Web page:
after all the wonderfully awkward social situations I’ve caused with fire alarms and hours-late birthday cakes and bad baked goods, I have learned much from my failures and have come to appreciate the successes that much more. fudgey and moist with creamy swirls of spiced pumpkin cheesecake throughout, these pumpkin cheesecake brownies are a real deal.

pumpkin cheesecake brownie 1
makes one 9•13in pan

pumpkin cheesecake
1 package (8oz/226g) cream cheese, room temperature
1/4 cup + 2 tbsp (75g) sugar
3/4 cup (178g) pumpkin purée
1 large egg yolk
2 tbsp all-purpose flour
1 tsp cinnamon
1/4 tsp nutmeg
1/4 tsp allspice
1/4 tsp ginger
brownie
3/4 cup + 2 tbsp (105g) all-purpose flour
1 tbsp unsweetened cocoa powder
1/2 tsp kosher salt
8 oz (225g) dark chocolate (60-72% cacao), chopped
1 1/2 sticks (170g) unsalted butter, cubed
3/4 cup (150g) granulated sugar
1/4 cup + 2 tbsp (85g) light brown sugar, packed
3 large eggs
1 tsp vanilla extract

matt lewis, renato poliafito. baked occasions.new york: stewart, tabori, and chang, 2014.

cheesecake|1 using a stand mixer fitted with the paddle attachment, mix cream cheese and sugar until smooth and creamy. add pumpkin, egg yolk, flour, cinnamon, nutmeg, allspice, and ginger, and mix again until well-blended. cover and refrigerate while you make the brownie layer.
brownie|1 butter sides and bottom of 9x13in pan. if pan is light-colored/glass, preheat oven to 350ºF (I used a dark-colored pan at 330ºF.) line the pan with parchment paper, and butter the parchment.
2 in a medium bowl, whisk together flour, cocoa, and salt.
3 place chocolate (I used dark chocolate chips) and butter in a large, heatproof bowl and set it over a saucepan of simmering water (double-boiler method), stirring occasionally until the chocolate and butter are completely melted smooth, and combined. turn off the heat, but keep the bowl over the water and add both sugars. whisk until completely combined, then remove bowl from pan. add two eggs to the chocolate mixture and whisk until just combined. add the remaining egg and vanilla extract and whisk until just combined.
4 sprinkle flour mixture over chocolate mixture. using a spatula, fold them gently together until just a bit of the flour mixture is visible.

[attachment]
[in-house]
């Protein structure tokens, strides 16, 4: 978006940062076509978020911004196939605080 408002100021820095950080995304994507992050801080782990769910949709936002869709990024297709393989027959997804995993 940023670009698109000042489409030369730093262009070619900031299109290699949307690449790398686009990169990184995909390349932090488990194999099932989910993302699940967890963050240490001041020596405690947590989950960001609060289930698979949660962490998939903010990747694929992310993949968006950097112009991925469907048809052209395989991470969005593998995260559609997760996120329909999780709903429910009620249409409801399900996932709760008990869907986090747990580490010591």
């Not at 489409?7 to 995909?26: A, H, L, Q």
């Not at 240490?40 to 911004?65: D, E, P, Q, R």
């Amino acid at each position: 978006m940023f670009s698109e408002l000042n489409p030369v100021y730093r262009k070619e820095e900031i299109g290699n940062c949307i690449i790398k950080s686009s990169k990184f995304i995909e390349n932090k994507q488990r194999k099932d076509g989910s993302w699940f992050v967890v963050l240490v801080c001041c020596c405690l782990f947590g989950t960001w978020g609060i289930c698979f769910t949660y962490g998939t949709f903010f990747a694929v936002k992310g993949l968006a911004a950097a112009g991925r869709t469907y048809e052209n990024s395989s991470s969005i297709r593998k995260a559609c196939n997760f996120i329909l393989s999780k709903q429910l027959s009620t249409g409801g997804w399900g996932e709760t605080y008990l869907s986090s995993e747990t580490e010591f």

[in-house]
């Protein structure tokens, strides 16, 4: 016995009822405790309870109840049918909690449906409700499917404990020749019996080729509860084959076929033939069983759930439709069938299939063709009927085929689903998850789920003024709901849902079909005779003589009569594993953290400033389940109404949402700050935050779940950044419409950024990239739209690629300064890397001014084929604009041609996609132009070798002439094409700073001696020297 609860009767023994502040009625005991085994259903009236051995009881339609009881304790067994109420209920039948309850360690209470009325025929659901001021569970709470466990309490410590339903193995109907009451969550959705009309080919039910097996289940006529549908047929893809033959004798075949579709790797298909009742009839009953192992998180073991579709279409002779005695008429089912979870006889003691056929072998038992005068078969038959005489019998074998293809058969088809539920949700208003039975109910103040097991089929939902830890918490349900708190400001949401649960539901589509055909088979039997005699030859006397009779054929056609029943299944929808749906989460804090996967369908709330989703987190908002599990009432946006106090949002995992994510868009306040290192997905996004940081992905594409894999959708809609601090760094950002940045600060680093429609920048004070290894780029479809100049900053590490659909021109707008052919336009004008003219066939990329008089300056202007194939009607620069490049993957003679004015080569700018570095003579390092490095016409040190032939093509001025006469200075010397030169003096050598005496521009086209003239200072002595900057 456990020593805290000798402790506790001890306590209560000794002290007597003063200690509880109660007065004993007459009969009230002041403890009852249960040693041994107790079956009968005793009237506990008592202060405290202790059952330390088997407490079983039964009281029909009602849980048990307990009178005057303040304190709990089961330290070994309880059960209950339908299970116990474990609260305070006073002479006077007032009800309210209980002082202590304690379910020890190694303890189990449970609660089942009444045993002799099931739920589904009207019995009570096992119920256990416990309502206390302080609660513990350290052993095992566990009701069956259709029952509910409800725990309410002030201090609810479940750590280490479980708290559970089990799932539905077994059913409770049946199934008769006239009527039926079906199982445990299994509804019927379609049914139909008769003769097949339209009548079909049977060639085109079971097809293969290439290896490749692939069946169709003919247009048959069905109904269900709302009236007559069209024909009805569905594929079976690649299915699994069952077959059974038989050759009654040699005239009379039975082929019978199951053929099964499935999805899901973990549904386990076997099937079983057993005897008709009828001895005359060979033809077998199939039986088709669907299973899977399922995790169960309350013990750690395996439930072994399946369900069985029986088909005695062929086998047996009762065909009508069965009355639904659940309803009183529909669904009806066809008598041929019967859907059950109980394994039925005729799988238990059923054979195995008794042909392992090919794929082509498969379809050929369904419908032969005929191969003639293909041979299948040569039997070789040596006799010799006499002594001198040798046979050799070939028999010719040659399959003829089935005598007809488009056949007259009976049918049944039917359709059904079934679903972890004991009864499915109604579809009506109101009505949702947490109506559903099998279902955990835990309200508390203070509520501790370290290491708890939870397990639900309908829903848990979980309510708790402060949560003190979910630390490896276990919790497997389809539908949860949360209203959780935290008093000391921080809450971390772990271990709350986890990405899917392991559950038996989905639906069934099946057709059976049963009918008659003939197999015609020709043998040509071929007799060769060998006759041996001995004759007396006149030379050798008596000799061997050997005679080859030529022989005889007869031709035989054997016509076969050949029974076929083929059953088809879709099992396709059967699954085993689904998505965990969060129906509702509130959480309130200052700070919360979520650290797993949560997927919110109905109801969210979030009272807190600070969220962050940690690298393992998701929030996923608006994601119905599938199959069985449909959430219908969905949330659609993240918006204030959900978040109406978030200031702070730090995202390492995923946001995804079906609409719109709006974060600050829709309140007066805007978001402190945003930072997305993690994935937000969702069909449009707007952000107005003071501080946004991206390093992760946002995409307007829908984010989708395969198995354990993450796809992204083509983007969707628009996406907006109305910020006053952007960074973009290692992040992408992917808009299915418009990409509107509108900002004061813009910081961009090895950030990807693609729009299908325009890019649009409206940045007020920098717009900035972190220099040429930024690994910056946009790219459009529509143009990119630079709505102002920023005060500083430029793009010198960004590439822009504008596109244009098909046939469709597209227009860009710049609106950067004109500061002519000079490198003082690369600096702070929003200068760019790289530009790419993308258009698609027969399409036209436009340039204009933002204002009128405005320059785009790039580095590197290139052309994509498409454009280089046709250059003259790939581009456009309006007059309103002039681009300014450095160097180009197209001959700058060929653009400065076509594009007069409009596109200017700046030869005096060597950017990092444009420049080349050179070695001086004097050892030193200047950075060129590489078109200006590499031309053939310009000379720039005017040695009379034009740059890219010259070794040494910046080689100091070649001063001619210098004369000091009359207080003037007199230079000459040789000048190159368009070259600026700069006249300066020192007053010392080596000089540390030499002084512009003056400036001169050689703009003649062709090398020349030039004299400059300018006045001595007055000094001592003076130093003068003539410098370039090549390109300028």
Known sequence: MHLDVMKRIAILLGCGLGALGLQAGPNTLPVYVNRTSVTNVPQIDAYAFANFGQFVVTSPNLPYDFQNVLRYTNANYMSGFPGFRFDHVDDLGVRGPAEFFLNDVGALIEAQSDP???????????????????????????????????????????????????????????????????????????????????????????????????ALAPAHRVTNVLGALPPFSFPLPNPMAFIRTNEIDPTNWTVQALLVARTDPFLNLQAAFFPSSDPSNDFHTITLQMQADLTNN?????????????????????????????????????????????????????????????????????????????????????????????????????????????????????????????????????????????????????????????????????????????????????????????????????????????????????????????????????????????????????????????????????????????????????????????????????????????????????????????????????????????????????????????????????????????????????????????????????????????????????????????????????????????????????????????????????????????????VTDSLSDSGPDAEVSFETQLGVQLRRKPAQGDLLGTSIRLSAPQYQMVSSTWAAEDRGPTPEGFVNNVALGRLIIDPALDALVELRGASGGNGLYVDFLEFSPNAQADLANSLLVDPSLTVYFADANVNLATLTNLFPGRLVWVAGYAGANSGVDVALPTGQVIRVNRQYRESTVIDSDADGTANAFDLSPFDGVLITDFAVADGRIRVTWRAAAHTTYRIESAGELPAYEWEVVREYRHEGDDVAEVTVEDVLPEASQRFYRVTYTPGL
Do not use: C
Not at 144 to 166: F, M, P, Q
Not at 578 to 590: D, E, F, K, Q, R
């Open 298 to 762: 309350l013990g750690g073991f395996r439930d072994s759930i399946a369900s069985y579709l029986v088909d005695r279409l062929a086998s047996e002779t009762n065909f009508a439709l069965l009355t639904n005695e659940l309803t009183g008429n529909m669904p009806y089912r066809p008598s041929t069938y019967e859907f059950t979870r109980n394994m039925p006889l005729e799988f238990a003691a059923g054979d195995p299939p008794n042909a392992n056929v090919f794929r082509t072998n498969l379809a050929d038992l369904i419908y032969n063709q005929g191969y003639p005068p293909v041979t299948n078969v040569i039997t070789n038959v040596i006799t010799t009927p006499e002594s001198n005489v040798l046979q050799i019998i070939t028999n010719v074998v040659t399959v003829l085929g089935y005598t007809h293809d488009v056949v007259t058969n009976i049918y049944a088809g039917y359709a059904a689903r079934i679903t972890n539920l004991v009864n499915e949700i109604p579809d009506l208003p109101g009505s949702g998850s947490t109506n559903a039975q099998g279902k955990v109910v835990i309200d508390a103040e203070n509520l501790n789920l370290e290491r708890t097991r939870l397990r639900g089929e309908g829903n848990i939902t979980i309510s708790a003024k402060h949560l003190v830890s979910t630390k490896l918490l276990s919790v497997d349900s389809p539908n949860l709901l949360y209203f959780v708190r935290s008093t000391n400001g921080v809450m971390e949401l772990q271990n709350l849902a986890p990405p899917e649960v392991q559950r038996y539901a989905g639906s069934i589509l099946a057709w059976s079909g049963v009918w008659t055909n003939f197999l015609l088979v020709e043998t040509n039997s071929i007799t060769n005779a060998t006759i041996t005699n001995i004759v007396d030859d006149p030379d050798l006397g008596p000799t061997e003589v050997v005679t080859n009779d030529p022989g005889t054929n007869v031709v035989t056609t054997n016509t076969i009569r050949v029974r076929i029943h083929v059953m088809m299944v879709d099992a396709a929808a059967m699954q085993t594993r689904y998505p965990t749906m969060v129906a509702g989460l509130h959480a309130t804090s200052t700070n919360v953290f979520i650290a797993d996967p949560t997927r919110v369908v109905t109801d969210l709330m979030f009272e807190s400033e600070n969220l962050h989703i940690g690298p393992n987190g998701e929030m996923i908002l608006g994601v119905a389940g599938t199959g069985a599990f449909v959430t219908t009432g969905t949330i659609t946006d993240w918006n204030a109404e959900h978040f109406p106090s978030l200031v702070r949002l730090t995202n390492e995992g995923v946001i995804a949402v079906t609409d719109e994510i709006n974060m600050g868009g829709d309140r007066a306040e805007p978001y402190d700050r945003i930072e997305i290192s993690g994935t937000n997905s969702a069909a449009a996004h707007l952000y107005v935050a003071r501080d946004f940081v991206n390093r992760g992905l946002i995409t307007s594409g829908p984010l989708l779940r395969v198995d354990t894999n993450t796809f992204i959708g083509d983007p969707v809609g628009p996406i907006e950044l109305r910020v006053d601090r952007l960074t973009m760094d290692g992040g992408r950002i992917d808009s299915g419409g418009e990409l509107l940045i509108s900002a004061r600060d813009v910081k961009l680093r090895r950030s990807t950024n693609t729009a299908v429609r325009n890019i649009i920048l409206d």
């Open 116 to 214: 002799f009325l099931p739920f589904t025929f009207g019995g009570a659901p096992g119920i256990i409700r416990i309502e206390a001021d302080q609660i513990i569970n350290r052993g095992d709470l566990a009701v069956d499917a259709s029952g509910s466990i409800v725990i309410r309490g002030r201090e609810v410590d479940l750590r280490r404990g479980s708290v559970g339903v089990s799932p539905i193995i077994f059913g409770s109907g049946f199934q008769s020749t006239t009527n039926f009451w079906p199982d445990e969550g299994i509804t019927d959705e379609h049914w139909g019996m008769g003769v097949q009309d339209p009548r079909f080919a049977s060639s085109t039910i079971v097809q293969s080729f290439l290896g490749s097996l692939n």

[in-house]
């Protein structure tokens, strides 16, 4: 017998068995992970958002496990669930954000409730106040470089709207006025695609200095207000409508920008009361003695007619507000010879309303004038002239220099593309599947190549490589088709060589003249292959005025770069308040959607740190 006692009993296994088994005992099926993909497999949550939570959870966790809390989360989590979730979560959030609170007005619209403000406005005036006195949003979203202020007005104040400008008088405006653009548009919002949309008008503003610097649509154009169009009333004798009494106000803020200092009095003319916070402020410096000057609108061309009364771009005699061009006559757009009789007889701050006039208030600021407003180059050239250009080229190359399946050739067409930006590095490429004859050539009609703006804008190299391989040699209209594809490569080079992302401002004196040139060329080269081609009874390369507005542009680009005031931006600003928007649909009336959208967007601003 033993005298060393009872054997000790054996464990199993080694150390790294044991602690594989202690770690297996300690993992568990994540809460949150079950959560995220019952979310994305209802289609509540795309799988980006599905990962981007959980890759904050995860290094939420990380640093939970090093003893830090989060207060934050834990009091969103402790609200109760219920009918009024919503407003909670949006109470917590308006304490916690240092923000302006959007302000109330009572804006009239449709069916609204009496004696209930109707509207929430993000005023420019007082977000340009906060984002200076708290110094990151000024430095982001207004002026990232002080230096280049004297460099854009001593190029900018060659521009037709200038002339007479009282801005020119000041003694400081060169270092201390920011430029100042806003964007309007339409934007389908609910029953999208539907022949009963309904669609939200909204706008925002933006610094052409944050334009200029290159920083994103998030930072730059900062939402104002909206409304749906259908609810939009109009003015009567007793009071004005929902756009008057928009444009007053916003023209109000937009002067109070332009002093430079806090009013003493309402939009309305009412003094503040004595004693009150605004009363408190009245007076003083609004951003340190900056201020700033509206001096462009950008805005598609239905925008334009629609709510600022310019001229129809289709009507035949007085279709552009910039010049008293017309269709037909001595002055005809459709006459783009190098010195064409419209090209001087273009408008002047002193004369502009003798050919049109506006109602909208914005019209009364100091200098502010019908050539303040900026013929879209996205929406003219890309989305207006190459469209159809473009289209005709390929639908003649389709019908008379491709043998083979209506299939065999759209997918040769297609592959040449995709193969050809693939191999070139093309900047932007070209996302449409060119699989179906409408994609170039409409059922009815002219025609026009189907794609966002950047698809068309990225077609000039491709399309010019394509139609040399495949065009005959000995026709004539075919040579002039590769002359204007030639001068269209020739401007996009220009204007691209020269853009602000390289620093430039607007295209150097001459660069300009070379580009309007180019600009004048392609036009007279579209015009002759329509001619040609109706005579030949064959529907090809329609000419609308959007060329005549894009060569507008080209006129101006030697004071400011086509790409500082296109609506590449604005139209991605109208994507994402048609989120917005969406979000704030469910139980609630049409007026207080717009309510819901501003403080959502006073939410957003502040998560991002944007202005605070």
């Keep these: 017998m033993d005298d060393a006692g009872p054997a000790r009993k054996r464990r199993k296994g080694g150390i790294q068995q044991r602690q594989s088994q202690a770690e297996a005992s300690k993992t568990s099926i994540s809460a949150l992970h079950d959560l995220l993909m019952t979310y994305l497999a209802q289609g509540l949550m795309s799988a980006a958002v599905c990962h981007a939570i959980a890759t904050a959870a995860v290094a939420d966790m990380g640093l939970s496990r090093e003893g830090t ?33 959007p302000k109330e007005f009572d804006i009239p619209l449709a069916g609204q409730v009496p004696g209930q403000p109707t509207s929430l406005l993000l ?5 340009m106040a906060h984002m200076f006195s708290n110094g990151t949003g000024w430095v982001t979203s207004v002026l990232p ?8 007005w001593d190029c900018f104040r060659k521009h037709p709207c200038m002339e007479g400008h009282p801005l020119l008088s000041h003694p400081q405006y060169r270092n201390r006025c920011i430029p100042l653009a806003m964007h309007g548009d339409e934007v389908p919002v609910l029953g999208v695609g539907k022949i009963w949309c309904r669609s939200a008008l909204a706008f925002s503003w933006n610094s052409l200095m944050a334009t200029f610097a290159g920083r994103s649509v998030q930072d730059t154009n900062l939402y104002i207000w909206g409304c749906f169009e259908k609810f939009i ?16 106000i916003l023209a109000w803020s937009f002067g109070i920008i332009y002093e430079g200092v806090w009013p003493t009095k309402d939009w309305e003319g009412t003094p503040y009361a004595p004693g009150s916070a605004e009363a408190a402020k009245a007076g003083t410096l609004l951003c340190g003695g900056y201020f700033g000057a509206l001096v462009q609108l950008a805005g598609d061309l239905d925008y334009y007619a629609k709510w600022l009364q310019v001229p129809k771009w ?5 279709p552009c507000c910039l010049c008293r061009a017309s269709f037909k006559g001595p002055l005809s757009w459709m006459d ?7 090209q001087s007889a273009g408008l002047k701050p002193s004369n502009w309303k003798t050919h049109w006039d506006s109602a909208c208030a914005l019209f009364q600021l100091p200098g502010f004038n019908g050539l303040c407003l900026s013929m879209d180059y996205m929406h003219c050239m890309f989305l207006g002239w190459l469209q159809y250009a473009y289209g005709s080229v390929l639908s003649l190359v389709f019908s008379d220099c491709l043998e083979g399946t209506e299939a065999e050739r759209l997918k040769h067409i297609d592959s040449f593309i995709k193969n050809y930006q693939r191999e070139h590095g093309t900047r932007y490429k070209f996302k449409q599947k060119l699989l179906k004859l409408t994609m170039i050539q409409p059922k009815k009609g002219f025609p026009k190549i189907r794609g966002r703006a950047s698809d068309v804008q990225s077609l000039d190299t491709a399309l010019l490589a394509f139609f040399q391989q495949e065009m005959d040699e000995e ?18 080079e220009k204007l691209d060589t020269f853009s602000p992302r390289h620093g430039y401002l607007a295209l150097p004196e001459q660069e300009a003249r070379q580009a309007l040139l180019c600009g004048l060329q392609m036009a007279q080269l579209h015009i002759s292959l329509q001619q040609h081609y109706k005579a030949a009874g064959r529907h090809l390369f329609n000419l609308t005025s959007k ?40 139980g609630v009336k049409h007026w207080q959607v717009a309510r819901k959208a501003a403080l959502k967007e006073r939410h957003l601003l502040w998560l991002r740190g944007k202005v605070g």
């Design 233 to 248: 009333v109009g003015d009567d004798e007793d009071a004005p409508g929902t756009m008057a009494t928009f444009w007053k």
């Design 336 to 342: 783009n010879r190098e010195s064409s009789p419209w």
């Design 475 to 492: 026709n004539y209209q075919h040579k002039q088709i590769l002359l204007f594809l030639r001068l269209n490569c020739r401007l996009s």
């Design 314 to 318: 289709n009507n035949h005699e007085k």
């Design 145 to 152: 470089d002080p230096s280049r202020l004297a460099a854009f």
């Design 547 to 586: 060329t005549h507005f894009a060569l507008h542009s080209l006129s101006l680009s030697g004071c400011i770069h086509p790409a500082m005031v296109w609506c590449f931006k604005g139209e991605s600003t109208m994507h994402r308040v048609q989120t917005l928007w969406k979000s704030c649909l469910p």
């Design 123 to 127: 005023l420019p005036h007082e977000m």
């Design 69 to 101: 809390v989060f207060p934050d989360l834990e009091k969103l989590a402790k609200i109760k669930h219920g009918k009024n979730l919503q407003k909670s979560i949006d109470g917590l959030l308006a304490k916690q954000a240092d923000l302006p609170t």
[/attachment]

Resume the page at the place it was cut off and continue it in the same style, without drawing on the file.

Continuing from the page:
5 pour 2/3 brownie batter into the prepared pan and smooth on top. pour the pumpkin cheesecake mixture over the brownies and smooth into an even layer. drop the remaining 1/3 brownie batter in heaping tablespoons on top of pumpkin layer. use a knife to gently pull through batters to create a swirl.
6 bake, rotating the pan halfway through baking time, for 30-40 minutes, or until a toothpick inserted into the center of the brownies comes out with a few moist crumbs. let cool completely in the pan.
7 brownies can be stored, covered, in the refrigerator for up to 5 days.
 

brownies

brownie 1

there are certain recipes that really can only be enjoyed in season; a pumpkin pie in april would just feel wrong. an apple pie tastes best when made with freshly-picked apples on a brisk fall day. but the brownie transcends seasons. when I’m living with the terrifying uncertainty of whether my car is driving or sledding, brownies are the perfect de-stressing recipe. when the outside temperature hits 61ºF and everyone jumps to wear t-shirts (when 61º really isn’t that warm) brownies are there to stick to spring-chilled bones.

the first time I made these brownies, the mid-atlantic had just been hit with an aggressive daytime snowstorm. for days afterwards, the backroads were reduced to paths of packed snow, more fit for horse-drawn sleighs than for cars.

the second time I made these brownies, less than a week later, the snow had melted to reveal destroyed roads littered with deep potholes that force realignment of your car frame (and your spine) every time you hit one.

with quintessential british understatment, nigel slater describes his brownies as “very good.” these are beyond “very good;” they are dense and fudgy without being mushy, structured without being cakey, and somehow achieve the elusive crisp crackly top. they are so good, I made them twice in two weeks, partially because my coworkers incessantly demanded it, but also because they really are just that good.

brownie 3

makes one 8×8 pan

1 1/2 cup (300g) sugar
(250g) butter
8.8 oz (250g) chocolate (70% cocoa solids)
3 large eggs + 1 egg yolk
1/2 cup (60g) all-purpose flour
3/4 cup (60g) cocoa powder
1/2 tsp baking powder
pinch of kosher salt

nigel slater. the kitchen diaries. london: fourth estate, 2005.

1 preheat oven to 350ºF. line 8×8 baking pan with parchment paper.
2 in the bowl of a stand mixer fitted with a paddle attachment, beat sugar and butter until white and fluffy.
3 break chocolate into pieces, set 50g aside and melt the remaining 200g in a bowl suspended over a pan of simmering water. as soon as the chocolate has completely melted, remove from heat. chop remaining 50g into gravel-sized pieces.
4 break eggs into small bowl and beat lightly. sift together flour, cocoa, baking powder, and salt. with the stand mixer on low, add the eggs slowly. remove bowl from mixer and using a spatula, mix in melted and chopped chocolate. gently fold in flour cocoa mixture without knocking any air out.
5 scrape mixture into prepared cake tin, smooth top, and lightly scatter a little large-flaked kosher salt on top. bake for 30-33 minutes, until the top has risen slightly and a toothpick inserted in the center comes out sticky but without raw mixture attached to it. leave to cool for at least an hour before cutting into squares.